To say I spent all summer anxiously waiting for this trip to start is a gross understatement. I was finally going to see Mt Everest after a certain pandemic kept me from doing so in 2020. The excitement was real! I’d ran, walked and hiked a lot in preparation and felt ready for whatever the Himalaya was going to throw my way. Nepal was the first stop on my Asia adventure, and was to be followed by equally exciting visits to Thailand, Vietnam, and the Philippines – my first time in the country.
Arriving in Kathmandu I felt a sense of familiarity, I was happy to be back. I spent a couple of weeks in Thamel finishing Destination: Egypt and organising everything for my hike. The first order of business was sorting out the visa extension and the hiking permits (of which there were a few!), then I had to buy some missing gear and also figure out how to get to Jiri, the hike’s starting point – a 10-hour bus ride away. Never a dull moment in Nepal! My plan was to hike for 4 weeks and I obviously didn’t want anything to go wrong.
The first section of the hike – a 6-day journey from Jiri to Lukla, Edmund Hillary’s original route – was good fun. It was not the gentle warm up to the Three Passes I had expected however, it was a little harder than that. I mean, you spend the first two days climbing steps and on the third day you’re already crossing mountain passes at over 3,500 metres – it’s brutal. Good practice for what was to come, but brutal all the same.
I spent part of my time in the company of Barry and Susan, an American couple in their 70s who were visiting Nepal for the 14th time. Veterans! I learned many lessons on Buddhism and Nepalese culture from them, which was inspiring. The Jiri to Lukla trail is mostly forgotten since most people nowadays fly directly to Lukla, so you get a lot of walking along deep valleys, forests, and villages where locals are always happy to greet you with a smiling namaste. It’s pretty unique and cool!
Some of the highlights were visiting a high-altitude monastery founded by refugee Tibetan monks in the 1960s, walking practically alone for hours on end, and just enjoying the local life a bit. It reminded me of the Annapurna Circuit in a way. What I definitely didn’t like was crossing some borderline dangerous landslide areas and being stuck behind slow-moving mule trains. Yeah, not a fan that.
Arriving in Namche – practically a city in the middle of the mountains, sitting at 3,440 metres – was a surprise. It was also the last time I had some sort of comfort before the “real” hike began. The next few stops were marked by outstanding views of Ama Dablam, which helped keep my heart warm when the temperatures suddenly dropped.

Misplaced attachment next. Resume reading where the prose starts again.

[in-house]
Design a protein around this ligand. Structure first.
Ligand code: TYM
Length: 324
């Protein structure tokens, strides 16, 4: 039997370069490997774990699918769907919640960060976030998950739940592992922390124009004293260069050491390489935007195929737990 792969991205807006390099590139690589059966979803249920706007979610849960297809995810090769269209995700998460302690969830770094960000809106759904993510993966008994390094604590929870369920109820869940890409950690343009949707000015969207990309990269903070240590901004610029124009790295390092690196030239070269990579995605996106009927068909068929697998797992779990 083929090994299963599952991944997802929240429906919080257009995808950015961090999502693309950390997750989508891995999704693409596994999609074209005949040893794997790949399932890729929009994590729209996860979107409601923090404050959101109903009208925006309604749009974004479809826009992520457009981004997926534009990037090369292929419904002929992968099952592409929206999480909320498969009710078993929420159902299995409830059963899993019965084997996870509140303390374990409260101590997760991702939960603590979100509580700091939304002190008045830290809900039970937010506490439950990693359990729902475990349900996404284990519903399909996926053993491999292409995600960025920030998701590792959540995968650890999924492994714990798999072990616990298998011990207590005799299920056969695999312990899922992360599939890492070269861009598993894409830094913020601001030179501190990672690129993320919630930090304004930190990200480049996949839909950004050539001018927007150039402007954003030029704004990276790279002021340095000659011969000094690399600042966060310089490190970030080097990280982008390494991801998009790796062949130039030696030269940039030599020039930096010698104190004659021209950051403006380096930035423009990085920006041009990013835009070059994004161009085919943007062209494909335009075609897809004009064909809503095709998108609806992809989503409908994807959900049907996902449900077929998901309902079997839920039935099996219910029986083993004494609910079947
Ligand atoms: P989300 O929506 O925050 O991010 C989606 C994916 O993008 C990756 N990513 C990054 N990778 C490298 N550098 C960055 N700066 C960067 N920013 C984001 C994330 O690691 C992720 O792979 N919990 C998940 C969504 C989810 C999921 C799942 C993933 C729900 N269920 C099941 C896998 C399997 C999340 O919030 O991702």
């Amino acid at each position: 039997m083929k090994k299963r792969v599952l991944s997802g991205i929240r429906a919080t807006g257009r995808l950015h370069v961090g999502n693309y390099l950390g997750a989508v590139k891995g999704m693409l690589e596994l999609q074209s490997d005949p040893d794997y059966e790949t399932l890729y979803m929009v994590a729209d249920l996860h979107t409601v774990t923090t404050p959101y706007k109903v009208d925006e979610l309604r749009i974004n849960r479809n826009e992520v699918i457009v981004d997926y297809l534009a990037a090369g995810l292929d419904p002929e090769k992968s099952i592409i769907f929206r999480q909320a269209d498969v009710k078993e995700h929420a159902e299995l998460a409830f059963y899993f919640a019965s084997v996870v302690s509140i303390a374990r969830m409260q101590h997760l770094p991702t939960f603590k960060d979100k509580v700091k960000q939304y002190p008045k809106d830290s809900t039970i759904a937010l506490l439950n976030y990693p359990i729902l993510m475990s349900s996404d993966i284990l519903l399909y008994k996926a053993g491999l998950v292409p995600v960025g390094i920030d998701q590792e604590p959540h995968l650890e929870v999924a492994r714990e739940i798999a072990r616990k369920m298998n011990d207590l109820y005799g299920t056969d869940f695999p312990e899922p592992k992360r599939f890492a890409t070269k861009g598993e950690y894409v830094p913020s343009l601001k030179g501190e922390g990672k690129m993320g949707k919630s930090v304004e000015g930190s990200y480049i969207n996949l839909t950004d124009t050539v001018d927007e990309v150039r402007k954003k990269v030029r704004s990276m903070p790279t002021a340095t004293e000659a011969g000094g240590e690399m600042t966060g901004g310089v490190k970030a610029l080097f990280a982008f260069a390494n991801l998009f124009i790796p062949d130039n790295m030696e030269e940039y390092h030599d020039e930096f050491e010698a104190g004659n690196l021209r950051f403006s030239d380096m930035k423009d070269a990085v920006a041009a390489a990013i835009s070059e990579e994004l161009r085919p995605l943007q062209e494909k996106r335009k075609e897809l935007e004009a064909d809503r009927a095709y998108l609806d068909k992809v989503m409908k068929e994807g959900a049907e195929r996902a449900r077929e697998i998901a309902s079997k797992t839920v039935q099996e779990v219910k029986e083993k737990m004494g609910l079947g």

Along the way I met Dani, a Spanish loco, and we ended up travelling together for a few days. We climbed two fun 5000+ metre peaks (Nangkartshang and Chhukung Ri) before splitting. He went on to successfully climb Island Peak and I hit my first pass – the mighty Kongma La – which was a piece of work, especially when it came to crossing the Khumbu glacier.
Discomfort took over after this day. To give you an idea, it was so cold in Lobuche (4,940m) that the water froze in my bottle overnight. Inside the room. Certainly a lowlight of the trip! From Lobuche I went to the severely overrated Everest Base Camp, and Kala Patthar – another 5000+ metre peak that offers arguably one of the best views of Everest and surrounding mountains; Pumori, Nuptse, and Ama Dablam all looked particularly impressive from up there!
What followed was the second pass, Cho La, which included crossing an icy glacier. I was glad to have rented microspikes, let’s put it that way! Despite having had a good day I felt like I could top it off by taking on the Ngozumpa glacier and it turned out to be a mistake. Crossing (dry) glaciers is no joke and this being my second one on the trek I really should have known better. Regardless, arriving in the mountain oasis that is Gokyo was fantastic and despite being exhausted I was super excited to climb the last of four 5000+ metres peaks, Gokyo Ri. As expected, the views were nothing short of breathtaking. I was in awe, this was it.
The last pass – Renjo La – turned out to be the most rewarding. It offers unparalleled views of Mt Everest and a rare occasion to see the highest mountain in the world from a vantage point where it lives up to the title. After crossing the pass it’s a very steep 1,000-metre drop capable of putting the strongest knees to a stern test. At this stage, compared to when I started the hike, the temperature was dropping and the sky was getting a little cloudier so I was happy to finally be making it down to lower altitudes.
It took me a couple of days to reach Namche, and then another day to Lukla. I had originally planned to keep walking to Tumlingtar – a third hike – but wasn’t quite feeling it. Having just seen some of the highest mountains in the world and climbed a handful of 5,000-metre peaks, I can’t say the motivation was there. Also, the cold had gotten to me and I was a little tired of the limited food options on offer.
I felt like completing these two hard treks had been a solid success and looked forward to getting some time off before heading to Thailand. As such, I decided to book a flight from Lukla to Kathmandu (or Ramechhap rather, followed by a bumpy 5-hour van ride to the capital) and call it a day. Overall, despite a couple of challenging days, I was pleased with my performance and finished the hike feeling physically and mentally ready to tackle my first 6,000-metre peak at some point in the future. But for now, some much-needed R & R in Thailand awaited!